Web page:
Nature and Nurture in Crime and Punishment Essay

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Nature and Nurture in Crime and Punishment


In the news today there is an article about a high-school boy who brought guns to school and shot several students. The parents of the victims are suing various computer game companies saying that the violent games present shooting and killing people as pleasurable and fail to portray realistic consequences. A representative of one of the companies released a statement saying that this is another example of individuals seeking to elude responsibility that has become so common in our society. This case is not about software. What is on trial is the age-old debate between nature and nurture, which also lies at the center of Fyodor Dostoevsky's Crime and Punishment.



In his dream
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Elsewhere in the book we see a similar computation defined for us. At a tavern Raskolnikov overhears a student discussing the hypothetical murder of Alyona Ivanovna:



Kill her and take her money, so that afterwards with its help you can devote yourself to the service of all mankind and the common cause: What do you think, wouldn't thousands of good deeds make up for one tiny little crime? For one life, thousands of lives saved from decay and corruption. One death for hundreds of lives-it's simple arithmetic! (65)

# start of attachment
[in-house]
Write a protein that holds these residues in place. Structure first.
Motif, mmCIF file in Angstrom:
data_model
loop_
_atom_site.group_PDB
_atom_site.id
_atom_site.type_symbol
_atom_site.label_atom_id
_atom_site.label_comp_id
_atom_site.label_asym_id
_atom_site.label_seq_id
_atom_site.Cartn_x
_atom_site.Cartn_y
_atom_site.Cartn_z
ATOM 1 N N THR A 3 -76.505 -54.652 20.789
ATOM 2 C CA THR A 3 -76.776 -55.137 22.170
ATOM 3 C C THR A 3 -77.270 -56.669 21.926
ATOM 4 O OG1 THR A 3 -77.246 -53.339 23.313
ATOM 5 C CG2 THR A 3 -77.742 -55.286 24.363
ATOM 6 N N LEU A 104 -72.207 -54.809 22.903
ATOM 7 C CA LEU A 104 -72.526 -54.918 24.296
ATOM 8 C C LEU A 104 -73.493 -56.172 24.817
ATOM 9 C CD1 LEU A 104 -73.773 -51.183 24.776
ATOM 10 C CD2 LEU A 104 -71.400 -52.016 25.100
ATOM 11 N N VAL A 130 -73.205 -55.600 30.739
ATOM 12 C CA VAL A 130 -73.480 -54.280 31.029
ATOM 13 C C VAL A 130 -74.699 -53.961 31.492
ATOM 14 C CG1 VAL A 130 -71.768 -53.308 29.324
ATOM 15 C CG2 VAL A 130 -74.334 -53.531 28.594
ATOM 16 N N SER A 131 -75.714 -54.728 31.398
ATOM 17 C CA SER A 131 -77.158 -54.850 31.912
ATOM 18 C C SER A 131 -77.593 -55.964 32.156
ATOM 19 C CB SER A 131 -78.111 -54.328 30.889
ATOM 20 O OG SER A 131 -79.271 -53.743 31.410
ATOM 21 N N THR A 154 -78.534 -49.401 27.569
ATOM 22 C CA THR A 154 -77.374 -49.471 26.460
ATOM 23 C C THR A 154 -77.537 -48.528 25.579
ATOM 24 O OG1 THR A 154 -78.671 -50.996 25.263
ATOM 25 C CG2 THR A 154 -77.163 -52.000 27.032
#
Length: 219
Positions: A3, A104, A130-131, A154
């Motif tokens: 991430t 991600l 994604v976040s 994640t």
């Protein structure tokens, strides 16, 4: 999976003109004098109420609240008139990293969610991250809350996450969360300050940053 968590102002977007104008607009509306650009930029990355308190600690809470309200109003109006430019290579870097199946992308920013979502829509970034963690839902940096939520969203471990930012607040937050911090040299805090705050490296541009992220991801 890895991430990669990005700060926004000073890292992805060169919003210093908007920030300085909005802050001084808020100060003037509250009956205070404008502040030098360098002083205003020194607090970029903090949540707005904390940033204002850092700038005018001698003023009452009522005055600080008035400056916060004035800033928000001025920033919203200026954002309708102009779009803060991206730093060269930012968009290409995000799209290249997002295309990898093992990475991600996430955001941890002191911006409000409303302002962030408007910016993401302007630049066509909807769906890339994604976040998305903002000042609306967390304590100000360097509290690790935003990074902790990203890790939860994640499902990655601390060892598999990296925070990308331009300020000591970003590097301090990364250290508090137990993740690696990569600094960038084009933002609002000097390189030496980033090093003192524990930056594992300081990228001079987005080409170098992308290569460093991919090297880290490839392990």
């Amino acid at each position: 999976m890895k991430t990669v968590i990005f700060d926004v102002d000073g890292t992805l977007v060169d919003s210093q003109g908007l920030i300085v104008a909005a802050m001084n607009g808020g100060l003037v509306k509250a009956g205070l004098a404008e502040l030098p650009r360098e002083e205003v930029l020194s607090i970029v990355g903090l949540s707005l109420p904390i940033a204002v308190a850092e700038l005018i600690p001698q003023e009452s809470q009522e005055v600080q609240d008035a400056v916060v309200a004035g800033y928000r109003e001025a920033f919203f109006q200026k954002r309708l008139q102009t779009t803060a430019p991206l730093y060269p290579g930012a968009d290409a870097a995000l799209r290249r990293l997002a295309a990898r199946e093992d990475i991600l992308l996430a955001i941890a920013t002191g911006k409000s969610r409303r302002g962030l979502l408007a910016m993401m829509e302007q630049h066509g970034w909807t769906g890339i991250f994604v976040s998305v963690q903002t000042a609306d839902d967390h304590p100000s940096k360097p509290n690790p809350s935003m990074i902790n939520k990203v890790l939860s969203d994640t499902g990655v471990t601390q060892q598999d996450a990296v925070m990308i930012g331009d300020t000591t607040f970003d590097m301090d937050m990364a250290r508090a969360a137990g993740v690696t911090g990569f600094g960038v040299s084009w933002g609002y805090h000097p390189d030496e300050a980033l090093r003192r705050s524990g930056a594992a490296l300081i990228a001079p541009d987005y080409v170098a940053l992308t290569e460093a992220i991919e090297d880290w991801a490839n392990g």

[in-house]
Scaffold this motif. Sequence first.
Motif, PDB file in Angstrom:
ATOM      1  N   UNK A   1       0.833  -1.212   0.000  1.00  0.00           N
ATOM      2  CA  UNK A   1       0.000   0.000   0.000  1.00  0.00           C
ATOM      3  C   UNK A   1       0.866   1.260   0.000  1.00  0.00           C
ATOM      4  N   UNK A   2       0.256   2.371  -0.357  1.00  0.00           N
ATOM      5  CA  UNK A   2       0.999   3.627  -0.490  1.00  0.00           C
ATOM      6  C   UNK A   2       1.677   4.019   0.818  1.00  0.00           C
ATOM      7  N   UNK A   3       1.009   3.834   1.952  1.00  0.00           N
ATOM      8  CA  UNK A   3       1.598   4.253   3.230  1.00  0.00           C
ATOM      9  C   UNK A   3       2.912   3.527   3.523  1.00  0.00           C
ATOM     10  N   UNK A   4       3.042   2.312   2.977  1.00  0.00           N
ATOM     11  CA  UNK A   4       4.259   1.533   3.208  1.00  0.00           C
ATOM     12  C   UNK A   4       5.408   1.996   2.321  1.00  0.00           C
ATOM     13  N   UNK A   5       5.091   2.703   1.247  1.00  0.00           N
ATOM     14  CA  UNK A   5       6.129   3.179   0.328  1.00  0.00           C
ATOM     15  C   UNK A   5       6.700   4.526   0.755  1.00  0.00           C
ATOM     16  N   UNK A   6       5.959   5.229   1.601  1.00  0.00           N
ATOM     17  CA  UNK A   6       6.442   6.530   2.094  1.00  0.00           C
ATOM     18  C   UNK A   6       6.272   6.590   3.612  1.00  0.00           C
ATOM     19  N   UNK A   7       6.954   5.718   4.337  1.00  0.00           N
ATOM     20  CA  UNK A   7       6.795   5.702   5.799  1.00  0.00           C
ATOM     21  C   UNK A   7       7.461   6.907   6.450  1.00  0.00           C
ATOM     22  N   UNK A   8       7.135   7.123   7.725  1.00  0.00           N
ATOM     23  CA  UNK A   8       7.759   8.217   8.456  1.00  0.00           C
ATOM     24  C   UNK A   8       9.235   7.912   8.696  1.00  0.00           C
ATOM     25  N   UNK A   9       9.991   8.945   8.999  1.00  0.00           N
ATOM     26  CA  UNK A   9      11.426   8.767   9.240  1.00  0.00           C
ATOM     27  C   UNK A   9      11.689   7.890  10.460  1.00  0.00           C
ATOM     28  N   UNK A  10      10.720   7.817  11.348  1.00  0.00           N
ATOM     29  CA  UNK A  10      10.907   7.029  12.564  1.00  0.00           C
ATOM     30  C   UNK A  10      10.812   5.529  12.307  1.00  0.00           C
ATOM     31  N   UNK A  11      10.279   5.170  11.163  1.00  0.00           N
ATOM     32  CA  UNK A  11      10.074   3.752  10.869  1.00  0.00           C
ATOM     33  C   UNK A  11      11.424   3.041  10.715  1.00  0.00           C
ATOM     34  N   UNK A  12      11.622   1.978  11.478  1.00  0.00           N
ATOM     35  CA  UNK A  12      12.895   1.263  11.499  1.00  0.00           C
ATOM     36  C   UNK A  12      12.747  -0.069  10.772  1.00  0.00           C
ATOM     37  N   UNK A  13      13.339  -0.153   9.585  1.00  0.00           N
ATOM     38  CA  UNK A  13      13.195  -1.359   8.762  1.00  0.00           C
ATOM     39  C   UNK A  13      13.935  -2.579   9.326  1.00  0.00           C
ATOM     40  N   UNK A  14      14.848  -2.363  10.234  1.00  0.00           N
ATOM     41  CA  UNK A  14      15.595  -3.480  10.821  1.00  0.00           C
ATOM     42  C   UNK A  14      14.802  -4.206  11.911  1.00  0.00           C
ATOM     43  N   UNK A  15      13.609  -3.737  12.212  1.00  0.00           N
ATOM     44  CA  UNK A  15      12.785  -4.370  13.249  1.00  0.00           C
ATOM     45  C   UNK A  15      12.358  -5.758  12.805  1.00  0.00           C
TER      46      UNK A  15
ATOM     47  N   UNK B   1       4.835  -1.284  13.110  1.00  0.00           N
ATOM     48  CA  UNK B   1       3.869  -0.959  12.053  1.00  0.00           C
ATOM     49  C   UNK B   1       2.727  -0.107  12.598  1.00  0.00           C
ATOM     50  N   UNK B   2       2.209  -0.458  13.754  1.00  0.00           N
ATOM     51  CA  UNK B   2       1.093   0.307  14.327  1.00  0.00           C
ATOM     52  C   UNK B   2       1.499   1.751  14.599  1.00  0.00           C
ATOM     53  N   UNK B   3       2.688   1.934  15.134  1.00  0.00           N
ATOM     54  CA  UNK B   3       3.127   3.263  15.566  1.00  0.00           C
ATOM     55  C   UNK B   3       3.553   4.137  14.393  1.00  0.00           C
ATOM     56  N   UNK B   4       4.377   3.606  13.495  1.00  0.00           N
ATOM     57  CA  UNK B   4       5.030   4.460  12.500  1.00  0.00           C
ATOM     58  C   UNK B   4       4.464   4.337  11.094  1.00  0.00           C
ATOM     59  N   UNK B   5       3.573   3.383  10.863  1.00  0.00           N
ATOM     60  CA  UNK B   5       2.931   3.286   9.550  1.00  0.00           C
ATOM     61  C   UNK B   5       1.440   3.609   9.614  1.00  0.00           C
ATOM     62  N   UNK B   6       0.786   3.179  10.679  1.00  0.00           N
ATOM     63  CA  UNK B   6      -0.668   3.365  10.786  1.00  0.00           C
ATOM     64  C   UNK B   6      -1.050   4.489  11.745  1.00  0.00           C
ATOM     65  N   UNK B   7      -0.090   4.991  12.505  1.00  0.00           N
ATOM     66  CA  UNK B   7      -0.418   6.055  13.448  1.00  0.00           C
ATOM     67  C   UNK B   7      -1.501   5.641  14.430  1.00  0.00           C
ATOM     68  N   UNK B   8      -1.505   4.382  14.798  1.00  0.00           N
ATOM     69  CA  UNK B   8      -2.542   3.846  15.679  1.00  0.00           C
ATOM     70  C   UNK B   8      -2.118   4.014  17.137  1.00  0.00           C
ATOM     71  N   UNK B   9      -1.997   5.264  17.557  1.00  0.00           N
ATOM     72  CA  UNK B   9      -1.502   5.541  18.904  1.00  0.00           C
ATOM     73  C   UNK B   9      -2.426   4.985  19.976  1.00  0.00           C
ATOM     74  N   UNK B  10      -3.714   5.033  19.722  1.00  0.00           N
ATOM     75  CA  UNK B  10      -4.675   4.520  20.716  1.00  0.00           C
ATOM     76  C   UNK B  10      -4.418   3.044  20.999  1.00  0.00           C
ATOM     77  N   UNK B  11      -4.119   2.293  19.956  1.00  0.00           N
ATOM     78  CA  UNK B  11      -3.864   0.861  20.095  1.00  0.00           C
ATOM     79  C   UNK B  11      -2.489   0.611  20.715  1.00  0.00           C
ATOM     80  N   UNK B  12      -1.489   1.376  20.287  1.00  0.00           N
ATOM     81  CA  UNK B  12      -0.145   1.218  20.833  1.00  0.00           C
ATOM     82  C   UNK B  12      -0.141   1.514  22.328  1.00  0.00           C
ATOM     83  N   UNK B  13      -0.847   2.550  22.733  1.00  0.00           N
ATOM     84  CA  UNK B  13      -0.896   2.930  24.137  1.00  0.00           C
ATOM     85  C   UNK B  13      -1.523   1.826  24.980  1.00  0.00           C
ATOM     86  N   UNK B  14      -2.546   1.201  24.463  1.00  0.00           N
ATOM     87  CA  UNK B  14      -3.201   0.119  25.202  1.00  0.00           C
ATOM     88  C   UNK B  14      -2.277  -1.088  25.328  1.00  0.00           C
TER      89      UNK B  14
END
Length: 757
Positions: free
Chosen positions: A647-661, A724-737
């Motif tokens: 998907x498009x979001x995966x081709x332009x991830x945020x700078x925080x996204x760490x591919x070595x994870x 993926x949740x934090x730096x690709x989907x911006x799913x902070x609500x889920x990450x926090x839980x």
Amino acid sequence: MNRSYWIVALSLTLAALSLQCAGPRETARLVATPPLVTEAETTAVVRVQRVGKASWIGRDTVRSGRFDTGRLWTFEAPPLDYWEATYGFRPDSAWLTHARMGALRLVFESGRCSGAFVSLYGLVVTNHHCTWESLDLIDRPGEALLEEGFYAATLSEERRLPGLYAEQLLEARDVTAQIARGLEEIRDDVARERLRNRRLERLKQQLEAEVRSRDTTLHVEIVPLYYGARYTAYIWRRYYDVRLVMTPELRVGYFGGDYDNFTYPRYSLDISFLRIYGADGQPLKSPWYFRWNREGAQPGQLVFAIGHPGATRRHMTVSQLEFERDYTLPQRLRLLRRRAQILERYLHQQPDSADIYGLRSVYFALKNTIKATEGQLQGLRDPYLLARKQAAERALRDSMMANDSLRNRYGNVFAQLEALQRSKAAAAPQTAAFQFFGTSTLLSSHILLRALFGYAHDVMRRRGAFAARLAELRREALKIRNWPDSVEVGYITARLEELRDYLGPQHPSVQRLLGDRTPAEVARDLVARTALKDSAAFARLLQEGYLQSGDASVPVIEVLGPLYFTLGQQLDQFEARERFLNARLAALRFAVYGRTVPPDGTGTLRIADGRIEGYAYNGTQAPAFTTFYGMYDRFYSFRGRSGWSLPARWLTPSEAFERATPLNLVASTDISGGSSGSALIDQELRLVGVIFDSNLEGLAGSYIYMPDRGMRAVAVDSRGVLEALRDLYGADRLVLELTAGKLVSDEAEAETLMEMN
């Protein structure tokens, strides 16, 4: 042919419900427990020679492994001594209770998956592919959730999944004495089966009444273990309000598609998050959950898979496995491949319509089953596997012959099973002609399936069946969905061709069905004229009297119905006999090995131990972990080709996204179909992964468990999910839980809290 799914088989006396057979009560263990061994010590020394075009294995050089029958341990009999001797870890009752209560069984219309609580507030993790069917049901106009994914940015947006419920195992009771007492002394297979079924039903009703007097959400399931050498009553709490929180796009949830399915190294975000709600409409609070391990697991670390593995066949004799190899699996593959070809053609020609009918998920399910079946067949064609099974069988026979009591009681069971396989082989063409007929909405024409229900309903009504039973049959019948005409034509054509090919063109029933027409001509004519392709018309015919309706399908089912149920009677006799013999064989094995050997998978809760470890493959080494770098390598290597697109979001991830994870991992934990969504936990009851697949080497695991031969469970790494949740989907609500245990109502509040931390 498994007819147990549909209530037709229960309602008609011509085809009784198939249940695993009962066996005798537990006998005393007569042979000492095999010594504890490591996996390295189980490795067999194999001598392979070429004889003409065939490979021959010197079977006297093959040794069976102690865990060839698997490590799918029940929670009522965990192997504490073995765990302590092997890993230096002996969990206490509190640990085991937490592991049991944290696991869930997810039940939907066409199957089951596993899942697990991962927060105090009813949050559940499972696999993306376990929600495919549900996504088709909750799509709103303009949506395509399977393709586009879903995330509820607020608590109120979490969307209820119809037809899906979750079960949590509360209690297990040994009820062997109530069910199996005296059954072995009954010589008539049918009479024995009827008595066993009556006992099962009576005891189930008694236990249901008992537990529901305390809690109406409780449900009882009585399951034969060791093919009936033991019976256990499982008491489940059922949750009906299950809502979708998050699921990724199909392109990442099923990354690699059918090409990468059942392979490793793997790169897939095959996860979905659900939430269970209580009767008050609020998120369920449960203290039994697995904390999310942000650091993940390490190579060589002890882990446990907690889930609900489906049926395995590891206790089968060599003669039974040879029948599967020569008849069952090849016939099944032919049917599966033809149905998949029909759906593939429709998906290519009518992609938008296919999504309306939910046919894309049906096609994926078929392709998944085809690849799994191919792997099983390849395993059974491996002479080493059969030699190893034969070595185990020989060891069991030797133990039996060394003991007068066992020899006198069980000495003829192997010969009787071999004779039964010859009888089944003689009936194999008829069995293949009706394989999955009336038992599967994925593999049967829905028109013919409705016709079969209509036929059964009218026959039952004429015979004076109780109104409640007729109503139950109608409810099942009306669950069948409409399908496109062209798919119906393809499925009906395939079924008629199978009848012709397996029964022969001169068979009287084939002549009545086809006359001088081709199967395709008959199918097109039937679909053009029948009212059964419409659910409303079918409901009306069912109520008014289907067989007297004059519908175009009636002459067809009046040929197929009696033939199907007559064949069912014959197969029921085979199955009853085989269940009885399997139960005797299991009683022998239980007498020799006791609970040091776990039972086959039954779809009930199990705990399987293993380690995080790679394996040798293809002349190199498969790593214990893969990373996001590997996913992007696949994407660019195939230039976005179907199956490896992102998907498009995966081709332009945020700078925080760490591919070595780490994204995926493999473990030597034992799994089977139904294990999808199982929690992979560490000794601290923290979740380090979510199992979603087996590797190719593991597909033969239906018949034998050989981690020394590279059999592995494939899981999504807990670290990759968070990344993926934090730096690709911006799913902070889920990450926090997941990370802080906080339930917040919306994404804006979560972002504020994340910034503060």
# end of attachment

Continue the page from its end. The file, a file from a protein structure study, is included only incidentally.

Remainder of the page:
Yet when the officer asks "but tell me: Would you yourself kill the old woman, or not?" the student replies "Of course not!" (66) because despite his talk the student realizes that there is more to murder than logic. He recognizes the magnitude of ending a life in cold blood, as does Raskolnikov, despite all his rationalization.



After the murder Raskolnikov thinks "I should have known . . . and how, knowing myself, anticipating myself, did I dare take an axe and bloody my hands! I had to have known beforehand . . . Eh! But I did know before hand" (273-274).



After the dream Raskolnikov decides not to kill Alyona, and immediately feels better because the decision is in keeping with his naturally compassionate…

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